Growing up in California’s Inland Empire in the 1990s, Apple’s aesthetics had always fascinated Mario Guzman. He remembers it was the design of the iMac, more than anything else, that got his attention. “I remember being in middle school, seventh grade, and my teacher had a subscription to Time magazine. (Apple founder) Steve Jobs always seemed to be on the cover. I was fascinated with him, and I researched the heck out of Apple.”
Twenty years later, this passion would lead Mario to becoming an accomplished iOS and macOS developer at Digimarc as a Sr. Software Engineer, while still making time to develop a popular homage to classic macOS music widgets.
Mario working at the Apple Store in June, 2007, just before the historic iPhone launch.
Apple Store Creative
Mario’s path from 11-year-old iMac user to developer was not inevitable, but more the product of passion and hard work. “I’d never even seen a coding book until I went to college,” he said, recalling his time growing up in Riverside, Calif. But even as a boy, he knew there was something special about the design of Apple hardware. “When I was in middle school in 2001, I sent an email to Apple asking what I should major in if I wanted to design computer hardware. I didn’t really expect an answer—but I heard back in 12 hours. They recommended electrical engineering, so that’s what I decided to study.”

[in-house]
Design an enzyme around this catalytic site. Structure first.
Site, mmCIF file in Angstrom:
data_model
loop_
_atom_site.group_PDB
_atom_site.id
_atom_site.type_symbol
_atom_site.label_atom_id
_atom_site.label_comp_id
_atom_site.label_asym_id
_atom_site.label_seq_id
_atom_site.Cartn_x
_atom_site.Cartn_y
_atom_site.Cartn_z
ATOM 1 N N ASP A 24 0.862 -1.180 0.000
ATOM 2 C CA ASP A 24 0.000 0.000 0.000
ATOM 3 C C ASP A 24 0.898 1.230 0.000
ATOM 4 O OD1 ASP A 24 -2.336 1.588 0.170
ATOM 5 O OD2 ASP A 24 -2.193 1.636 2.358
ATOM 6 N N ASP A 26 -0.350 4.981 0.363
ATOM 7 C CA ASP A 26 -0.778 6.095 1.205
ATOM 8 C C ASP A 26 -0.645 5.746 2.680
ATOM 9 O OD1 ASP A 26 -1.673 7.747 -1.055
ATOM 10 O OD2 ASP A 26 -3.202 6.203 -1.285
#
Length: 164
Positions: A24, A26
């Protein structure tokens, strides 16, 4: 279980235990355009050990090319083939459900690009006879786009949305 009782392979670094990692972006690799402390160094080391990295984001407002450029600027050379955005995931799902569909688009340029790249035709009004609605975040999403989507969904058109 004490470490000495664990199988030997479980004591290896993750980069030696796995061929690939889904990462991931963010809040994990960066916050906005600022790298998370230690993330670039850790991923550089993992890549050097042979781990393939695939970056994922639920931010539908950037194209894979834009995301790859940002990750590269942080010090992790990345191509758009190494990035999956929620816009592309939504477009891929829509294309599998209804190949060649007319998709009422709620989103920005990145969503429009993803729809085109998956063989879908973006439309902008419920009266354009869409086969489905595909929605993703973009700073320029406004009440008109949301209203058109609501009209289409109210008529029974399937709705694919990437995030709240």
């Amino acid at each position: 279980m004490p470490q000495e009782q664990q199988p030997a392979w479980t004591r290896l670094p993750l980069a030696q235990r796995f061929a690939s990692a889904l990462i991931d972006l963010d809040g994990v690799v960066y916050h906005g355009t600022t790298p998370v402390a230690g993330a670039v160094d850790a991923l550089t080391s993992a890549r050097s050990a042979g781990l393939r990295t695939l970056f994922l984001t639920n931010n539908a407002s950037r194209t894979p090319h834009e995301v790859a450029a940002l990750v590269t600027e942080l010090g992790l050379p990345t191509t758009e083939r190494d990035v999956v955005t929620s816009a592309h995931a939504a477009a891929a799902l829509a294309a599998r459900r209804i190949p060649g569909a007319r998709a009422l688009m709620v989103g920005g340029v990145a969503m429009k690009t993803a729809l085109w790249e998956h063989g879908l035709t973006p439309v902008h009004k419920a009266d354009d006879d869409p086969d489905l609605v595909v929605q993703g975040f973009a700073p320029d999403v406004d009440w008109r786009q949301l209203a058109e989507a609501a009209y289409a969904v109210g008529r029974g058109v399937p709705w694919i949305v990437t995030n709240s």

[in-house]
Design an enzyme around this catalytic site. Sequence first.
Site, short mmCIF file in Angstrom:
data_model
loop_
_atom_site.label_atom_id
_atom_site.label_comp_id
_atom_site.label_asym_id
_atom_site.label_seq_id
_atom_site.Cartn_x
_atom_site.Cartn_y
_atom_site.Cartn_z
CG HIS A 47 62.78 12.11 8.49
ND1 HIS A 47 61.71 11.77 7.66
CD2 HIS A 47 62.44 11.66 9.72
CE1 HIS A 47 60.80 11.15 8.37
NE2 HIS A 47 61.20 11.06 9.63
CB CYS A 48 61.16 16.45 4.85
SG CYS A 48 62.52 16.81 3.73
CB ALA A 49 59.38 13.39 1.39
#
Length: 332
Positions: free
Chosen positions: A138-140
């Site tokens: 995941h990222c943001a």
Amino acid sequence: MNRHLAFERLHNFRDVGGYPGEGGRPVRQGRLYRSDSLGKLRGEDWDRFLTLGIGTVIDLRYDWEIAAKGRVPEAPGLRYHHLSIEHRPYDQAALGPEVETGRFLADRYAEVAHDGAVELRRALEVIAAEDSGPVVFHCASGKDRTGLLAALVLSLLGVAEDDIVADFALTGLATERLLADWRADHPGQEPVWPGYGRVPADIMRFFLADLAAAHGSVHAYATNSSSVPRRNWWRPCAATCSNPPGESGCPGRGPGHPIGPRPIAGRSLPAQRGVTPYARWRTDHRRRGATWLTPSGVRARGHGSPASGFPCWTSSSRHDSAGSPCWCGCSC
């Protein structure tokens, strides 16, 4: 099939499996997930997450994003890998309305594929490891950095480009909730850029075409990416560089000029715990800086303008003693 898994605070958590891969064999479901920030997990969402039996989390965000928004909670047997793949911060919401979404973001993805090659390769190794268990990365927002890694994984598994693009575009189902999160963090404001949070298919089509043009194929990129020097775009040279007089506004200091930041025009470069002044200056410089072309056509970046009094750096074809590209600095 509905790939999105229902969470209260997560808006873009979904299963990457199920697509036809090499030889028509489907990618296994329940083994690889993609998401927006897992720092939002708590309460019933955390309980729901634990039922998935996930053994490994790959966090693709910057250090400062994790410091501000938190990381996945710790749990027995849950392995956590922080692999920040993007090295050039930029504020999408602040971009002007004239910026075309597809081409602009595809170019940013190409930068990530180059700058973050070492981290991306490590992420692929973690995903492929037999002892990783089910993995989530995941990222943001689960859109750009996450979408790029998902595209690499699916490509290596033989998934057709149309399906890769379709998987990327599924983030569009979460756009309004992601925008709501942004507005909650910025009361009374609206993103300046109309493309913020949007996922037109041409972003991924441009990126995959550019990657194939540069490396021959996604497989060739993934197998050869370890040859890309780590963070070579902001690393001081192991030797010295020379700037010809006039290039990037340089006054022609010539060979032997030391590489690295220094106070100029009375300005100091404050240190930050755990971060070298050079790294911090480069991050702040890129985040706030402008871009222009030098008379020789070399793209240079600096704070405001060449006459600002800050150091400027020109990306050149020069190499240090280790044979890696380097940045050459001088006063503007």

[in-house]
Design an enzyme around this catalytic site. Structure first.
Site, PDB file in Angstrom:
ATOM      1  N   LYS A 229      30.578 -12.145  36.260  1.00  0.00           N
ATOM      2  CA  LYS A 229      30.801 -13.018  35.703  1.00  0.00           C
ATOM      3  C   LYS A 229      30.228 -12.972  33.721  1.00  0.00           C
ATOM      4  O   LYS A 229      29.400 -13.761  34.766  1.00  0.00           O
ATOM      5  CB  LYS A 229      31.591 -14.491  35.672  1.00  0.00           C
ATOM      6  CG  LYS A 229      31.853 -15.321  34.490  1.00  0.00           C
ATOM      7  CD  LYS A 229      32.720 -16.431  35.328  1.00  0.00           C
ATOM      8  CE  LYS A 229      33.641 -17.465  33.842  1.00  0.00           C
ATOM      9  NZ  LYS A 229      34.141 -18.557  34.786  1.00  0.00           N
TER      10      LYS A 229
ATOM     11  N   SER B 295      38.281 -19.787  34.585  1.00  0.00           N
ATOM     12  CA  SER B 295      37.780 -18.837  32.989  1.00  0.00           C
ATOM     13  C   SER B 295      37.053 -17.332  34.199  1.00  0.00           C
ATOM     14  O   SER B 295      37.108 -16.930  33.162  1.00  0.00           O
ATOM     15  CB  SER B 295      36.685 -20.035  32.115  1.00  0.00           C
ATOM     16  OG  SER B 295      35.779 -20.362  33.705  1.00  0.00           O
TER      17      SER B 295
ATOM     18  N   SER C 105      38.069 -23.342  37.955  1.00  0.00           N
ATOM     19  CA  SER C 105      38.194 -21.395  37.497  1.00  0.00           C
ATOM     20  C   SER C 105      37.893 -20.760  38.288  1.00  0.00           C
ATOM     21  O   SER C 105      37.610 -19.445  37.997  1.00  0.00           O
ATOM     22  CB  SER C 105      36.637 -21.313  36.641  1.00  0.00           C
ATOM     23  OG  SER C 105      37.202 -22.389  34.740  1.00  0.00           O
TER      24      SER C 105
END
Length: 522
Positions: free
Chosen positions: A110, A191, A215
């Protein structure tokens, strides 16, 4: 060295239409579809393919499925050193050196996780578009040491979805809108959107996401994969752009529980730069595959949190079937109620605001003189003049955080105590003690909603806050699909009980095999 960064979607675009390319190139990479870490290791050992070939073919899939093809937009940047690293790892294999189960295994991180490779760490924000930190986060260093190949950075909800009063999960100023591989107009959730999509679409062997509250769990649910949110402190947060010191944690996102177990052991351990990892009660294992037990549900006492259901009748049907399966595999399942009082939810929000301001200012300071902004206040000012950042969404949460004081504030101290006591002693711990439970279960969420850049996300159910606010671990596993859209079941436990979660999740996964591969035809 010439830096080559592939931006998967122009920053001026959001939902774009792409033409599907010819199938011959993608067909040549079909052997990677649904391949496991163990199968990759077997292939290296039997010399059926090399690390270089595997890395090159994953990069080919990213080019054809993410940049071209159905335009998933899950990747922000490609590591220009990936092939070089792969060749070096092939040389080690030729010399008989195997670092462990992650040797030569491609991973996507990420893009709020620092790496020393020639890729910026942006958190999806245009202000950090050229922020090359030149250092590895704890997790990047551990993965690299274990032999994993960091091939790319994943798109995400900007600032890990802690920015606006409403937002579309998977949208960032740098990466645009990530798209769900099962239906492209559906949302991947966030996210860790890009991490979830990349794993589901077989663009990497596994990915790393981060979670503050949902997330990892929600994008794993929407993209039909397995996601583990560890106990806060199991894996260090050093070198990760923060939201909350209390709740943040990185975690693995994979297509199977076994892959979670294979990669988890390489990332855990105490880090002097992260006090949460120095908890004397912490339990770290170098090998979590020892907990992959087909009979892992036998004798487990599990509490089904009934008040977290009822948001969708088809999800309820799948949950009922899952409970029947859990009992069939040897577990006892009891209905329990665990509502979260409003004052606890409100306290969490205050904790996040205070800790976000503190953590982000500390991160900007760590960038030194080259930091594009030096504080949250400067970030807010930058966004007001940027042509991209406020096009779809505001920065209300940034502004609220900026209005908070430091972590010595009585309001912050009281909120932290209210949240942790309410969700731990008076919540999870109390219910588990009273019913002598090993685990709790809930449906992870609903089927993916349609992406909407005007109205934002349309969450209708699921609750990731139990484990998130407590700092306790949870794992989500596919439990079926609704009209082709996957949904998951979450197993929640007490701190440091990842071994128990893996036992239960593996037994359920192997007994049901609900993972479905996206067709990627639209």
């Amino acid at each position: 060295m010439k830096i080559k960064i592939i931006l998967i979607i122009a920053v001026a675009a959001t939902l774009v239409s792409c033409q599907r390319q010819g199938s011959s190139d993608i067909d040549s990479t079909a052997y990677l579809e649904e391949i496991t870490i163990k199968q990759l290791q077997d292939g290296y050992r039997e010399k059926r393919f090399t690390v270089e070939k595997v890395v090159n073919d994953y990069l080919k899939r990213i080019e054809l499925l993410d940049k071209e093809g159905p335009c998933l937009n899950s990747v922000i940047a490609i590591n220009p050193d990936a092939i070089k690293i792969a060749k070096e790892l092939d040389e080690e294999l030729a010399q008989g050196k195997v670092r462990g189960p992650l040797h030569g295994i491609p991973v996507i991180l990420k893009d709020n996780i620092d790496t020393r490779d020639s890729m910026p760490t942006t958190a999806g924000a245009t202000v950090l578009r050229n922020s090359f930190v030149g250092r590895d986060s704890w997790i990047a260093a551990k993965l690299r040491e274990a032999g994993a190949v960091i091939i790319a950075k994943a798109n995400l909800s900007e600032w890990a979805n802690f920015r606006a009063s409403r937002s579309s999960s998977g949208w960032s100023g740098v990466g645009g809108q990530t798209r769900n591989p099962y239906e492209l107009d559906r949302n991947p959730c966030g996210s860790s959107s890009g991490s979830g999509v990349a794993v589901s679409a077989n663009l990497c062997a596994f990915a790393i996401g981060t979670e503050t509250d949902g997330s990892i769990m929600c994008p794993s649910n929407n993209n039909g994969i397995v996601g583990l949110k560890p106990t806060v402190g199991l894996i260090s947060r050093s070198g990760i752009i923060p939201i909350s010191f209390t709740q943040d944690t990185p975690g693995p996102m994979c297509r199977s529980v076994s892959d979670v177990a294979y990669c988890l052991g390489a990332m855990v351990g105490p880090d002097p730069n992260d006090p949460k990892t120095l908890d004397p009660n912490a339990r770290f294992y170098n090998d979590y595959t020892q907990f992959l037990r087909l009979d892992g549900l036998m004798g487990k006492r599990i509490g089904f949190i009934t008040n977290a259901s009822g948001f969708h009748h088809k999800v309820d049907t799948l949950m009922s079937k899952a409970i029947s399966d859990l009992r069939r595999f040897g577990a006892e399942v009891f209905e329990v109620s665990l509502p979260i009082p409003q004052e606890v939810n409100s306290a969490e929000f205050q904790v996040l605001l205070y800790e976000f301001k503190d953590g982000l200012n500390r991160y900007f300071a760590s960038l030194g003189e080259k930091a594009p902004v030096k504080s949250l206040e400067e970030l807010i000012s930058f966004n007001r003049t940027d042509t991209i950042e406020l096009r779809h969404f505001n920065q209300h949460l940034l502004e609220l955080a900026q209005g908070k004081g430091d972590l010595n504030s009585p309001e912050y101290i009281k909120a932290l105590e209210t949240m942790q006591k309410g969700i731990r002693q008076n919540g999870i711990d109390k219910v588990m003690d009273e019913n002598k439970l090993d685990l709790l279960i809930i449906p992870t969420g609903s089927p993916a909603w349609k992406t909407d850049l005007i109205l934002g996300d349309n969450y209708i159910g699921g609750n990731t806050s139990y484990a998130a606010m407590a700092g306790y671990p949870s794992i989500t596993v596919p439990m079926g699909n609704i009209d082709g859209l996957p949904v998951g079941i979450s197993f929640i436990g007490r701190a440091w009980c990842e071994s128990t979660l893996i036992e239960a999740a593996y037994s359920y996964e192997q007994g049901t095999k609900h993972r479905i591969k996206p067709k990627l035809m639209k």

After high school, Mario went to Cal Poly Pomona (Pomona, Calif.) to study electrical engineering. He needed a part time job to handle expenses, so where better to work than an Apple Store? “I had just turned 18, so I thought it would be cool to work at an Apple Store in nearby Rancho Cucamonga. They were hesitant to hire me because I didn’t have any retail experience, but I had scrubbed the website for information—and I knew my stuff,” he said.
He was hired initially as a seasonal employee, but eventually became permanent, and worked as a “creative,” someone who does one-to-one sessions with Apple customers on any Apple-made Mac application. “My favorite app to teach was iTunes, which was basically a music jukebox to organize, play and synchronize music to your iPod.”
But it wasn’t always easy. Mario didn’t own a car for several months, and he had to continually pay friends to drive him between Pomona and Rancho Cucamonga.
A C++ Idea
During Mario’s time at Cal Poly, he decided to take a C++ course, where he discovered programming. “I realized: ‘Wow. This is actually fun.’ I was so into the subject, I began reading ahead in the book. I said to myself: ‘How do I do more of this?’” He quickly switched his major to computer science.
After graduation, and a stint as product manager at a software development firm, Mario took a job in Portland, Oregon, to be close to his brother. In 2015, he got a call from a Digimarc engineer, who had been impressed with his LinkedIn account, and said they needed mobile developers. Since then, Mario has been a key member of the Digimarc team developing apps for iPhone, including work on Digimarc Discover and Digimarc Verify as well as Verify for macOS.